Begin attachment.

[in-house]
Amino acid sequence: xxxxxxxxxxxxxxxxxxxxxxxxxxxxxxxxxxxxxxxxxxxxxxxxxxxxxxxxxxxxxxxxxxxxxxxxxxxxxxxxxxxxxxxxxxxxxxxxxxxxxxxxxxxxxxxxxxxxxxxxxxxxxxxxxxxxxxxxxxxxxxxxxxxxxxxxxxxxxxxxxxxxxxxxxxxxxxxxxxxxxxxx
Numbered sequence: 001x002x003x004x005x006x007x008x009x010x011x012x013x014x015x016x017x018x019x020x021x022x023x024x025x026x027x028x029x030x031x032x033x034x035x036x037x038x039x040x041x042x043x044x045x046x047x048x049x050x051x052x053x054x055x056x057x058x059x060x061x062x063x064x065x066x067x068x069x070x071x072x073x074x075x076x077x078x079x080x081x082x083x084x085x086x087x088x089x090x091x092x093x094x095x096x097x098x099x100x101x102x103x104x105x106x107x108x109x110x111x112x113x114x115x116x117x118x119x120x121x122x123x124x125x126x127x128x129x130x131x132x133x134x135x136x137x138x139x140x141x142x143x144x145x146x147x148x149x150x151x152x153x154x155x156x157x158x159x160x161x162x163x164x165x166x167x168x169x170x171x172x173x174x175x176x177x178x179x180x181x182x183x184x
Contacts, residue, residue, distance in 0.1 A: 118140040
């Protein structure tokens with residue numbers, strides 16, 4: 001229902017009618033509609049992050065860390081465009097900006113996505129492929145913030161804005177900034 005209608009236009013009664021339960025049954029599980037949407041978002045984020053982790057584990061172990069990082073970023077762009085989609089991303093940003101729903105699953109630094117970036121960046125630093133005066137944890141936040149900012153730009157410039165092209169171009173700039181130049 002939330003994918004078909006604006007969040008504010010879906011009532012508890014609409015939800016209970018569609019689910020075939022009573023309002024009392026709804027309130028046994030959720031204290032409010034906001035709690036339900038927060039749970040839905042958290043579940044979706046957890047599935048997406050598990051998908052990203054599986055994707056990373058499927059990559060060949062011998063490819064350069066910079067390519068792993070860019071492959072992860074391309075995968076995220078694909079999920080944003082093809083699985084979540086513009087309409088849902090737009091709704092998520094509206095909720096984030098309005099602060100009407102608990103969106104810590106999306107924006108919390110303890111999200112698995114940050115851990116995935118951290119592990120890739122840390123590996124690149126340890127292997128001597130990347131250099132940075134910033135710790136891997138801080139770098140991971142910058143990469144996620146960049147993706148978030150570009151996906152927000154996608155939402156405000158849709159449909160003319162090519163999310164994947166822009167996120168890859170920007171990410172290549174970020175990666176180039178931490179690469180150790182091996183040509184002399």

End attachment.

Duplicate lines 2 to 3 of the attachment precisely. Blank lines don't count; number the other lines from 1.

Amino acid sequence: xxxxxxxxxxxxxxxxxxxxxxxxxxxxxxxxxxxxxxxxxxxxxxxxxxxxxxxxxxxxxxxxxxxxxxxxxxxxxxxxxxxxxxxxxxxxxxxxxxxxxxxxxxxxxxxxxxxxxxxxxxxxxxxxxxxxxxxxxxxxxxxxxxxxxxxxxxxxxxxxxxxxxxxxxxxxxxxxxxxxxxxx
Numbered sequence: 001x002x003x004x005x006x007x008x009x010x011x012x013x014x015x016x017x018x019x020x021x022x023x024x025x026x027x028x029x030x031x032x033x034x035x036x037x038x039x040x041x042x043x044x045x046x047x048x049x050x051x052x053x054x055x056x057x058x059x060x061x062x063x064x065x066x067x068x069x070x071x072x073x074x075x076x077x078x079x080x081x082x083x084x085x086x087x088x089x090x091x092x093x094x095x096x097x098x099x100x101x102x103x104x105x106x107x108x109x110x111x112x113x114x115x116x117x118x119x120x121x122x123x124x125x126x127x128x129x130x131x132x133x134x135x136x137x138x139x140x141x142x143x144x145x146x147x148x149x150x151x152x153x154x155x156x157x158x159x160x161x162x163x164x165x166x167x168x169x170x171x172x173x174x175x176x177x178x179x180x181x182x183x184x